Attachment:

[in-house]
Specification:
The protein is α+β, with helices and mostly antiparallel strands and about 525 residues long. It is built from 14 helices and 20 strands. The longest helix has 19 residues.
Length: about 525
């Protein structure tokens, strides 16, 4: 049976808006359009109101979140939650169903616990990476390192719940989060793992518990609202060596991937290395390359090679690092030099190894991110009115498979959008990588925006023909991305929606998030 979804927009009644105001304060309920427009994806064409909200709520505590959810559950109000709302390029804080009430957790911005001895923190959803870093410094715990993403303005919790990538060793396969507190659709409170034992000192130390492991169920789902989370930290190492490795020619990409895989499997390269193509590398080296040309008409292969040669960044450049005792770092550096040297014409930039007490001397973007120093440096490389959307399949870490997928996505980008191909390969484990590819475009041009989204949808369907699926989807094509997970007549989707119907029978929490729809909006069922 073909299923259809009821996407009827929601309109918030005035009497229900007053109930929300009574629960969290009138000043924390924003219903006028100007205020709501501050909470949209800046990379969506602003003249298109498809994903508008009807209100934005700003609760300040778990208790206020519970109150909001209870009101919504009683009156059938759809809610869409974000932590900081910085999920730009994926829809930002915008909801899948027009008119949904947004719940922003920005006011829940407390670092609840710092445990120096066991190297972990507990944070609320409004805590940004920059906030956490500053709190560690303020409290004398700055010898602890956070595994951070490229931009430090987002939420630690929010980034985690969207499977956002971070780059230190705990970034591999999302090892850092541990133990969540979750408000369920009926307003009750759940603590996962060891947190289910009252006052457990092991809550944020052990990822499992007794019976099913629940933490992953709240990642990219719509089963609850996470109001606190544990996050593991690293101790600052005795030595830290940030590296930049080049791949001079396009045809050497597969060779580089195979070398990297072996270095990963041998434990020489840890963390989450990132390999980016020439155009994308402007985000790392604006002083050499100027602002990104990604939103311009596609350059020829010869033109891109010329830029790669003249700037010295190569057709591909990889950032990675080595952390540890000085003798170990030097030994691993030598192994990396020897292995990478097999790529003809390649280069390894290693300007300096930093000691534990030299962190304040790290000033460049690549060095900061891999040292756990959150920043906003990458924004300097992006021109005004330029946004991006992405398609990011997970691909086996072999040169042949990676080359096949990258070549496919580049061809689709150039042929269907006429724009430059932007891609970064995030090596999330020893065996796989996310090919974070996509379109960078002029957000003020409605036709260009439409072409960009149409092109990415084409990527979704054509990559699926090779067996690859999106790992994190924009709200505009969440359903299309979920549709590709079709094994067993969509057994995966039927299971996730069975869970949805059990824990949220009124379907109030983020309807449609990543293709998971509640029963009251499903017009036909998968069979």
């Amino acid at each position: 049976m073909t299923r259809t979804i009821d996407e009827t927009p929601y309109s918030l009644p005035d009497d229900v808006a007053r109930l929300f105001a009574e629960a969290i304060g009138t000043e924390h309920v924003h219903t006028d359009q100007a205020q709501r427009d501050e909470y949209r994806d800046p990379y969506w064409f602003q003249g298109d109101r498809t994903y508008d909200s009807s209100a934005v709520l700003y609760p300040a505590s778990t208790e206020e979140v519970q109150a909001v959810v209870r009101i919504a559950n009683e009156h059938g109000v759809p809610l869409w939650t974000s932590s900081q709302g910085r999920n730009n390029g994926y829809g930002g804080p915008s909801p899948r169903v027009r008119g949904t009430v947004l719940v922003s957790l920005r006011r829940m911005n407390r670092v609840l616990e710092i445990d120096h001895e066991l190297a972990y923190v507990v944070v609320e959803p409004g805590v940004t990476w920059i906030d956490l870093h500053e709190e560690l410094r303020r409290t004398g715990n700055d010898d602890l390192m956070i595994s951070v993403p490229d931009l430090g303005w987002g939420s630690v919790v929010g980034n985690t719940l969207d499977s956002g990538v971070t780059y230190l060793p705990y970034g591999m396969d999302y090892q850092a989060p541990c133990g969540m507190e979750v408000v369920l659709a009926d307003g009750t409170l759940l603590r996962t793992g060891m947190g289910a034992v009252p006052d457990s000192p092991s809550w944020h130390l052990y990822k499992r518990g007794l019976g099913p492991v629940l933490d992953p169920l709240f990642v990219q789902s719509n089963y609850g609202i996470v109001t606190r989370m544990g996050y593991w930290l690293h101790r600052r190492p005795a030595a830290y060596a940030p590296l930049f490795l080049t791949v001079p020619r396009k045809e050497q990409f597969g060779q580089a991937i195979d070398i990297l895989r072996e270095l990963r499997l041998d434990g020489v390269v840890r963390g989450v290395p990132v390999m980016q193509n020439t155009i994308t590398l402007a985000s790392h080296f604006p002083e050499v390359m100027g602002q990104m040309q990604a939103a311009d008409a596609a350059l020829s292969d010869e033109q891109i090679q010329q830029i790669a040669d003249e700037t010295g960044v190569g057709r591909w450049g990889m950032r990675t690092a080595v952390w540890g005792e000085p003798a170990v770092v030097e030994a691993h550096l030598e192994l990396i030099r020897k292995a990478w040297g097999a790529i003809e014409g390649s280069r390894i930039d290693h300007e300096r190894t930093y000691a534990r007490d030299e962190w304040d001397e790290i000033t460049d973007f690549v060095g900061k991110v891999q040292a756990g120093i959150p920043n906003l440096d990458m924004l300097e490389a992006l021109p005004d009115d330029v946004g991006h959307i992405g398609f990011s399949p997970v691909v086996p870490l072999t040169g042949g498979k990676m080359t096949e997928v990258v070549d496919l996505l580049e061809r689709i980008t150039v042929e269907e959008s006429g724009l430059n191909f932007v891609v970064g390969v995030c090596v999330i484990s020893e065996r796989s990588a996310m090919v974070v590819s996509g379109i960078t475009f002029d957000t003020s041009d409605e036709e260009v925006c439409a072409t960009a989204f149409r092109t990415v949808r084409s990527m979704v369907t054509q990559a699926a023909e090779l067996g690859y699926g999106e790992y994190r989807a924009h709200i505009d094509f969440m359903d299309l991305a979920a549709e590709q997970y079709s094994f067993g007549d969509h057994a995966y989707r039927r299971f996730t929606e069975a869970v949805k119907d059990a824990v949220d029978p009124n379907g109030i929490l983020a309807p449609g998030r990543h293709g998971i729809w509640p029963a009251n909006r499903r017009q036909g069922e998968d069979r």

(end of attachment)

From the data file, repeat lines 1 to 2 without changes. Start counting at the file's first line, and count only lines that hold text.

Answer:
[in-house]
Specification: